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I found out 6 years after I thought I co-signed for a car that I was actually the primary. The notes were paid at first, my daughter ended up doing a voluntary repo. What can I do?

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    Another lesson in why co-signing should never be done. Gift them couple month's payment, and if they still can't afford it, they can't afford it.
    – Nelson
    Nov 9, 2023 at 7:11
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    How did this come as a surprise? I haven't ever co-signed or had a co-signer, but I assume the section of the contract where you signed would be clear about your role. All other contracts I've signed had clear labeling about each party's role.
    – Barmar
    Nov 9, 2023 at 14:59
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    @Barmar: Two common ways it could come as a surprise: (1) OP was clear about the roles at the time of signing, but then didn’t think about it for several years (because all necessary actions were being handled by the daughter), and so had forgotten/misremembered the details; (2) OP was careless about it at the time, perhaps due to mental health issues, external stress, addiction, etc. Obviously these are all things one should try to avoid in financial matters, but most people go through them at least occasionally — we’re human beings not robots. Nov 9, 2023 at 15:15
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    @Barmar and unethical car salespeople who swap primary and secondary borrowers on the paperwork so the sale will go through, but lie about it to the buyers.
    – stannius
    Nov 9, 2023 at 16:48
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    [[1]] It might be better to include the concern , rather than the blanket "What can I do" ... for what ? to get the car back ? to get back at your Daughter for tricking you ? for getting back your share of the Money ? for ?? I assume (going by the answers) that the concern is "credit rating" taking a hit. [[2]] I am curious how a Primary need not be involved in "voluntary repo" when Primary is the "owner" ? Surely , a co-signer can not take a car to go through the voluntary repo & the Primary has to be aware & agree to the voluntary repo ?
    – Prem
    Nov 10, 2023 at 10:33

2 Answers 2

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I found out 6 years after I thought I co-signed for a car that I was the primary.

This doesn't make a difference. If payments are missed then everybody on the loan documents will get dinged.

The notes were paid at first, my daughter ended up doing a voluntary repo. What can I do

After the car has been repossessed, the damage has already been done.

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    I would think that if OP was primary, then the bank should have given then a chance to pay it off before agreeing to a repo. Nov 11, 2023 at 19:05
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Reminder: "co" means "with". Not behind, not endorsing, not backup; you are as much a signatory to the loan as the "primary" borrower.

Primary and co-signer are equally on the hook. Both your credit ratings get dinged because you both failed to meet your obligations. "Voluntary" repossession is still repossession.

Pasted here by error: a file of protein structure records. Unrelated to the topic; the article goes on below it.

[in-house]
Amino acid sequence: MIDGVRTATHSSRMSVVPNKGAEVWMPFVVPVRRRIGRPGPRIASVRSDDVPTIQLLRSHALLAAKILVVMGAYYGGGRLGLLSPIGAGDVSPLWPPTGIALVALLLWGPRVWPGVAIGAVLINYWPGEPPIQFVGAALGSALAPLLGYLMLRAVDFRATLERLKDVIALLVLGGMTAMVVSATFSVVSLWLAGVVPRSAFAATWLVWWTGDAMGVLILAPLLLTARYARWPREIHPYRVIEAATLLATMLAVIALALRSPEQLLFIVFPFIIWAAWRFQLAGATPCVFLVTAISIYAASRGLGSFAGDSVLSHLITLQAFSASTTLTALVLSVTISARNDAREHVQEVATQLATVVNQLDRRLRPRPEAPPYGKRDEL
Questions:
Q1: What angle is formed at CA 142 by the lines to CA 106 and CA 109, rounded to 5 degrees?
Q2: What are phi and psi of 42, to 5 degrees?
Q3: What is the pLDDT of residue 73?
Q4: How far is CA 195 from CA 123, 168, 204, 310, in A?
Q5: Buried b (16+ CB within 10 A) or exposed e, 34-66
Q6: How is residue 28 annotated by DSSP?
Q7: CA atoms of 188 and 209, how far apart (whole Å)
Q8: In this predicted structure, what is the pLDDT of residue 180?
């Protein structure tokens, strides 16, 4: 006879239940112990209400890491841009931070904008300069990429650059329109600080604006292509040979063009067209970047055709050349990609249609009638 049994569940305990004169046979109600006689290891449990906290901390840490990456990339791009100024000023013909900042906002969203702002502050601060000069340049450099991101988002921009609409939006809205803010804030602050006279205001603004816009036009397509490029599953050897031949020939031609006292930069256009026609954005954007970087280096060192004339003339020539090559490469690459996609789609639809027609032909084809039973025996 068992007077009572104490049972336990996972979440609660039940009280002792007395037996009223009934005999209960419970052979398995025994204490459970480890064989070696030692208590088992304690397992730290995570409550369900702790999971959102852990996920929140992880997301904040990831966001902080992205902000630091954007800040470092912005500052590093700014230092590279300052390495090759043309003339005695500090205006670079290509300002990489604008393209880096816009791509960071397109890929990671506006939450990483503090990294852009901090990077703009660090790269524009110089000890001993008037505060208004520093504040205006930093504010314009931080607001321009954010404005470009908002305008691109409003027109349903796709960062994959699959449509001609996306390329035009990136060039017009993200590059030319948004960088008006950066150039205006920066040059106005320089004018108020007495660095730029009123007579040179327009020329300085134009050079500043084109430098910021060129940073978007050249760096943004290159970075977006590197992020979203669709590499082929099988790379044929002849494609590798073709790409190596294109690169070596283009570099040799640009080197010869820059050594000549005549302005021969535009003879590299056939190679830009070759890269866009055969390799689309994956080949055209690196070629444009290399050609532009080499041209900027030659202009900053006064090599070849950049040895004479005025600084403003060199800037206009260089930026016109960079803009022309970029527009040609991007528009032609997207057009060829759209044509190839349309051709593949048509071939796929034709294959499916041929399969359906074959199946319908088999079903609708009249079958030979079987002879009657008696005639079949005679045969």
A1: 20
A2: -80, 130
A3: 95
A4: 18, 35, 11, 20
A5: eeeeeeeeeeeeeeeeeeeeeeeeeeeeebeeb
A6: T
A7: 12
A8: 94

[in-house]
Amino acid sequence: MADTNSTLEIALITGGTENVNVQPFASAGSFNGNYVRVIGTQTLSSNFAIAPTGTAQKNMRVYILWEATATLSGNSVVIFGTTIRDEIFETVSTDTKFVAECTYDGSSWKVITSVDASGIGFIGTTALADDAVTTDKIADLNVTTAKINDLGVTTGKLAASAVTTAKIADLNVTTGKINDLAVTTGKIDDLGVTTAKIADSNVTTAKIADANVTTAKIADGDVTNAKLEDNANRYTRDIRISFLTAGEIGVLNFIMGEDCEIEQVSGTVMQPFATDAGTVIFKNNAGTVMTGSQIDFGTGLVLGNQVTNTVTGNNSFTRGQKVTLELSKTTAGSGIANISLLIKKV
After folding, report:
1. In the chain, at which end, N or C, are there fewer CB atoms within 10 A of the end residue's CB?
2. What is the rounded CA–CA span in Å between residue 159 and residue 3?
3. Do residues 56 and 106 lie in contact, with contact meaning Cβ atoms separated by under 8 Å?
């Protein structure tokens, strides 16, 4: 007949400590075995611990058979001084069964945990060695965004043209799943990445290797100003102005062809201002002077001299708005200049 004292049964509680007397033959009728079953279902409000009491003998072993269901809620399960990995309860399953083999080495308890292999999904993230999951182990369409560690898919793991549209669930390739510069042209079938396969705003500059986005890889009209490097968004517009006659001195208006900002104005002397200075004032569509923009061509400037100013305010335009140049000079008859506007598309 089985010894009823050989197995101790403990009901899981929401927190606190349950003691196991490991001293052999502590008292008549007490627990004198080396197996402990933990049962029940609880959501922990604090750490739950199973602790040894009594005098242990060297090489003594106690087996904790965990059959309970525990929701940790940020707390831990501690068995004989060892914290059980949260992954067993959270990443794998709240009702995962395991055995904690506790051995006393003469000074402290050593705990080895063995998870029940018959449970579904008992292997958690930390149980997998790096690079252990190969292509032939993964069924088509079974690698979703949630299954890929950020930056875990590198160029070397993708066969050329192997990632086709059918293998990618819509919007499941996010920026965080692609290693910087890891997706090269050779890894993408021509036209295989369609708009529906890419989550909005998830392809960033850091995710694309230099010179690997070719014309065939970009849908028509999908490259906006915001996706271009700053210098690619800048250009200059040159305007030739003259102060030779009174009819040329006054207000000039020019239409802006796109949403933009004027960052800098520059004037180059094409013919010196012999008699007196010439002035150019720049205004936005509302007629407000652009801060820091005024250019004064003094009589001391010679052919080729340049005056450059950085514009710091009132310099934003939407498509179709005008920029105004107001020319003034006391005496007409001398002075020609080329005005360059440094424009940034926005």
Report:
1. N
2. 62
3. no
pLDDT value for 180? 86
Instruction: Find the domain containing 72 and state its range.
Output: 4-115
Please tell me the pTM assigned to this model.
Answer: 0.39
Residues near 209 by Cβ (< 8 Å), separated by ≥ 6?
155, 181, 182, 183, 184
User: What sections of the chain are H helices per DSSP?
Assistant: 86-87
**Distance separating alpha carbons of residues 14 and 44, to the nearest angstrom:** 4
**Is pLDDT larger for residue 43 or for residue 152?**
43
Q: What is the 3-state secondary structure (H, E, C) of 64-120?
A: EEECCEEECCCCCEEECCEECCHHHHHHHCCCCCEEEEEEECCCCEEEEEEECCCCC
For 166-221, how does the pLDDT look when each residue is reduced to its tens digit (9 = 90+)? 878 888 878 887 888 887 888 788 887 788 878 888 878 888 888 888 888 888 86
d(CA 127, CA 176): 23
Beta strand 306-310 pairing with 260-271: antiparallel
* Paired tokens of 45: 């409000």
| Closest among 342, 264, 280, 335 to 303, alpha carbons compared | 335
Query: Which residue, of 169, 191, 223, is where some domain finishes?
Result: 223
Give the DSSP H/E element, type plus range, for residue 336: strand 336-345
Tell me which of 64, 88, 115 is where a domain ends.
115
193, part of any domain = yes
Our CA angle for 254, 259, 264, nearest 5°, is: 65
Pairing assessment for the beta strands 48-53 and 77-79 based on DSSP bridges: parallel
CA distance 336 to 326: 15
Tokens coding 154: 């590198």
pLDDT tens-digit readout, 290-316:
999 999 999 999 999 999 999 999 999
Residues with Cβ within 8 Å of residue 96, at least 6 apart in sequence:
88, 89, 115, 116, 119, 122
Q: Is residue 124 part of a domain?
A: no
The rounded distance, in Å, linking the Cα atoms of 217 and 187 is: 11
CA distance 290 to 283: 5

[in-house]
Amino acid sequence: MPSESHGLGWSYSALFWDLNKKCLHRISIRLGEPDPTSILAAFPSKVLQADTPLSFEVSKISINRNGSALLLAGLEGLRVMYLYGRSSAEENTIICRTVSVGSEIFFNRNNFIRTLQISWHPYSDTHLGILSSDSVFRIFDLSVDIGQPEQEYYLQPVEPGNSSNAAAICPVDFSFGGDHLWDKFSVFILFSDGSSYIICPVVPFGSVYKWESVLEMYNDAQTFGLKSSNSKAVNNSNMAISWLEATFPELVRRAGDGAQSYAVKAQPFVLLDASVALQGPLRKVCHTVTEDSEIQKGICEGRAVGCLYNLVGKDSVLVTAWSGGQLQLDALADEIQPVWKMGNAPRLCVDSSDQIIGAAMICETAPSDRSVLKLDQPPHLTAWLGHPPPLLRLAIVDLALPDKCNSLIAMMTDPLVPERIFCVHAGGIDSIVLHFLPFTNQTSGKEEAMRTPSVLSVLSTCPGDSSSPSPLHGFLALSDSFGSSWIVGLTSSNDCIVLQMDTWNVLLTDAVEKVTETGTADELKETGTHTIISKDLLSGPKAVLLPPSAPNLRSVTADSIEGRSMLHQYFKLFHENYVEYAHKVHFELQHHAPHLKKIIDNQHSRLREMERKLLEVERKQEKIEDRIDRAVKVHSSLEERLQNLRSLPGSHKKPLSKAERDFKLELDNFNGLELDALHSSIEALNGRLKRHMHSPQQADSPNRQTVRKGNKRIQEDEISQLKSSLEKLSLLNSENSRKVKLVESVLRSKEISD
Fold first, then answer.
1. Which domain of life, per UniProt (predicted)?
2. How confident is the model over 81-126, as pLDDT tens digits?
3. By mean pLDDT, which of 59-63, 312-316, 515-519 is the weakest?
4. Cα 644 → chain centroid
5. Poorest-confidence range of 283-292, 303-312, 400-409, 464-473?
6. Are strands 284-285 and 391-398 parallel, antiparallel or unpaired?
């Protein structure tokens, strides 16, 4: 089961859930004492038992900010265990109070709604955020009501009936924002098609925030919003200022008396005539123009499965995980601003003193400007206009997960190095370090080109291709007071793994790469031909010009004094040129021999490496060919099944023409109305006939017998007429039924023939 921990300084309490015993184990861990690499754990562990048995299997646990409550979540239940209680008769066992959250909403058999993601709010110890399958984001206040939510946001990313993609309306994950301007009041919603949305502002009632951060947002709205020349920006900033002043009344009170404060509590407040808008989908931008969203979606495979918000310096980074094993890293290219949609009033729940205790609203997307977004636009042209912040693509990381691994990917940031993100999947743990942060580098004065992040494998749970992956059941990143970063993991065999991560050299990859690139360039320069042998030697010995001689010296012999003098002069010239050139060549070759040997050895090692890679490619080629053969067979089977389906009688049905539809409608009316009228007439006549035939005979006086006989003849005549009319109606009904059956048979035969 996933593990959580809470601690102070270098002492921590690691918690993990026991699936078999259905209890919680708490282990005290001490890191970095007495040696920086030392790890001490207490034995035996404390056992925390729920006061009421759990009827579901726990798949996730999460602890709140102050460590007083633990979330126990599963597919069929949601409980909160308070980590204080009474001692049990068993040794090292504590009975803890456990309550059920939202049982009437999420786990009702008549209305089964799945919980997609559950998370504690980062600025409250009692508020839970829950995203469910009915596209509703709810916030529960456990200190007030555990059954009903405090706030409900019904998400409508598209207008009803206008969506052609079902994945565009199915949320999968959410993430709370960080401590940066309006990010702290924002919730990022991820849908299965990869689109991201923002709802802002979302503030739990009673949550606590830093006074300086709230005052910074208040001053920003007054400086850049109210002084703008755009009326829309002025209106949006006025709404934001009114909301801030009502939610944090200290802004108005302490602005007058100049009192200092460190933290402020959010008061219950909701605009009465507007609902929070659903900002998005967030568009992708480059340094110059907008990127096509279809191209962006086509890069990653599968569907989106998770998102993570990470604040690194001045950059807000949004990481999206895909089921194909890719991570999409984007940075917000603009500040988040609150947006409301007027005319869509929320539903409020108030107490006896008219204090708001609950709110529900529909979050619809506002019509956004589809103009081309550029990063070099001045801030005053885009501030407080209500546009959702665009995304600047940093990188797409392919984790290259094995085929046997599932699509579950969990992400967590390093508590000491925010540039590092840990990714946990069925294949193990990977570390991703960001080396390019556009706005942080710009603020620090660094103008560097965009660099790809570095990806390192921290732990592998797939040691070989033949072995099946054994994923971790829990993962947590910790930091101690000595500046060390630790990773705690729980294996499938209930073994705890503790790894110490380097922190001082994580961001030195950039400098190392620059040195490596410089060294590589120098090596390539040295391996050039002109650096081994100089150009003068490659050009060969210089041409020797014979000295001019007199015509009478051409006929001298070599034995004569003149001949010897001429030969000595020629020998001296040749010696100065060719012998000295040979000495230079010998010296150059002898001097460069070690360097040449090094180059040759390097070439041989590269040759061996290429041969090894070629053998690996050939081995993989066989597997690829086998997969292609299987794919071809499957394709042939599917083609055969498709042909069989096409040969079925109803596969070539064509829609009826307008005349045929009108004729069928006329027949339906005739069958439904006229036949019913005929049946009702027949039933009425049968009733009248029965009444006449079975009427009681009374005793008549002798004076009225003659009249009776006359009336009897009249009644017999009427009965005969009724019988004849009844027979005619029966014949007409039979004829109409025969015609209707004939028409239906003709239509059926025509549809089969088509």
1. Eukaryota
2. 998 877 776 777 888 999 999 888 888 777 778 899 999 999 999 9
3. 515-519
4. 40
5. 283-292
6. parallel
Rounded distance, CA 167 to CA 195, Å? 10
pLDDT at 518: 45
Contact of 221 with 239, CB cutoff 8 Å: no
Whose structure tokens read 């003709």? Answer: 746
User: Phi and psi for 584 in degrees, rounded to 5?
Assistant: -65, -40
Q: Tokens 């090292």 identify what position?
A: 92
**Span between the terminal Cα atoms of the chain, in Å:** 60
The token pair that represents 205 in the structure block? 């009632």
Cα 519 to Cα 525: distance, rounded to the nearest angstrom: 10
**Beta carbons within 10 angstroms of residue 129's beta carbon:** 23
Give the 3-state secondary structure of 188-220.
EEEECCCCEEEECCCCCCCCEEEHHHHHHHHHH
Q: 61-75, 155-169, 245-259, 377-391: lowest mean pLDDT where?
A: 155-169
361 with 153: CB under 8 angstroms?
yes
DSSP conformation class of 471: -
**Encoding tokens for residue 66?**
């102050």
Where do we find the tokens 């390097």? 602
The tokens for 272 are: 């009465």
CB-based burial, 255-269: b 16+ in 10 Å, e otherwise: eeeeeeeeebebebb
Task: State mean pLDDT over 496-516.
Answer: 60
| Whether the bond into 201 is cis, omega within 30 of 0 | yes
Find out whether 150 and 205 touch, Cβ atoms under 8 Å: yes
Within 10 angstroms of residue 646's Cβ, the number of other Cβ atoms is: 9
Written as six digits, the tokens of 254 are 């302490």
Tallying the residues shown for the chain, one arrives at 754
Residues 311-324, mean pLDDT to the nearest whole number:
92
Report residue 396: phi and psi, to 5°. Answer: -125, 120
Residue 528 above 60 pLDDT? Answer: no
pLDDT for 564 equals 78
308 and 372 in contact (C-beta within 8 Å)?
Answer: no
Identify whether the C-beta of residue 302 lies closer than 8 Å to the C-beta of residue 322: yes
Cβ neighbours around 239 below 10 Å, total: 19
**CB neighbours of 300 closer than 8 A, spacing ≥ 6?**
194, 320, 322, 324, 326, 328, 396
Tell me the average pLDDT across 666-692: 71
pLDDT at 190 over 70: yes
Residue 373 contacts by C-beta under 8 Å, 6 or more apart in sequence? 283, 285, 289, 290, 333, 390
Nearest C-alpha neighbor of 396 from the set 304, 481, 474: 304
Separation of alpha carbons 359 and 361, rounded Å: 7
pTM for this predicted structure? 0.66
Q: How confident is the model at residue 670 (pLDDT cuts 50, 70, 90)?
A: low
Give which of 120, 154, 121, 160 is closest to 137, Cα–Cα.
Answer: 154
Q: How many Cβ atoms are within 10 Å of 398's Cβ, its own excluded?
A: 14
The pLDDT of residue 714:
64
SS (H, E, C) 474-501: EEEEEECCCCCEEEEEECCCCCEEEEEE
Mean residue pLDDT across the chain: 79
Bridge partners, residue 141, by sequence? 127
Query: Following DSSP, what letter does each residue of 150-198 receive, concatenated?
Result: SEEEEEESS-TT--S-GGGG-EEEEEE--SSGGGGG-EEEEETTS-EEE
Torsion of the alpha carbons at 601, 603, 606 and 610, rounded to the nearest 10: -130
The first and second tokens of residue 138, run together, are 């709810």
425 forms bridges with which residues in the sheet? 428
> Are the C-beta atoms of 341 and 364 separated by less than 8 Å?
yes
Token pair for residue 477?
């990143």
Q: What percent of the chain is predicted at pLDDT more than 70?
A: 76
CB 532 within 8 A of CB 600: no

See many past answers about cosigning. Unless you are completely willing to make payments if the other person can't or won't, do not cosign. You are explicitly underwriting their finances with your own.

And if you decide to do it anyway, make sure the bank will send you copies of any statements or communications it sends to the primary. You want to know about any problems before they get out of control, even if your friend is embarrassed, or sure they can recover, and doesn't want to talk about it.

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    To emphasize that last bit — unfortunately, your credit is being dinged not because of some technicality, but correctly. By co-signing, you told the lender "I am guaranteeing you'll get your money even though I'm not the primary." The lender didn't get their money, which means from their perspective, you failed to make good on your guarantee. The fact that it's due to somebody else's action doesn't matter, because as cosigner you explicitly agreed that it doesn't matter. Your guarantee is now worth less than it did before, and the credit score reflects that.
    – yshavit
    Nov 9, 2023 at 23:04
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    @yshavit: Could a lender ding someone's credit without first offering that person a chance to repay any monies owed? If Alex and Bob are separately recognized as parties to a purchase loan, and Alex offers to return purchased merchandise which is worth slightly less than the loan amount and the lender agrees, can the lender ding Bob without first offering Bob a chance to pay any difference between the outstanding loan amount and the value of the returned property?
    – supercat
    Nov 9, 2023 at 23:37
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    @keshlam: which really reinforces the message to never co-sign for anything, ever. Because it puts your finances at the mercy of someone else, and not just their deliberate actions or unforeseen circumstances, but also their mistakes and oversights. Nov 10, 2023 at 11:14
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    If that's what happened, one hopes they wouldn't have downgraded either party's credit record and there's nothing to worry about.
    – keshlam
    Nov 10, 2023 at 19:54
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    And what they really should have done is sold the car and paid off the loan with the proceeds rather than "voluntarily repo". The former is a responsible choice. The latter is a failure to meet obligations.
    – keshlam
    Nov 11, 2023 at 3:53

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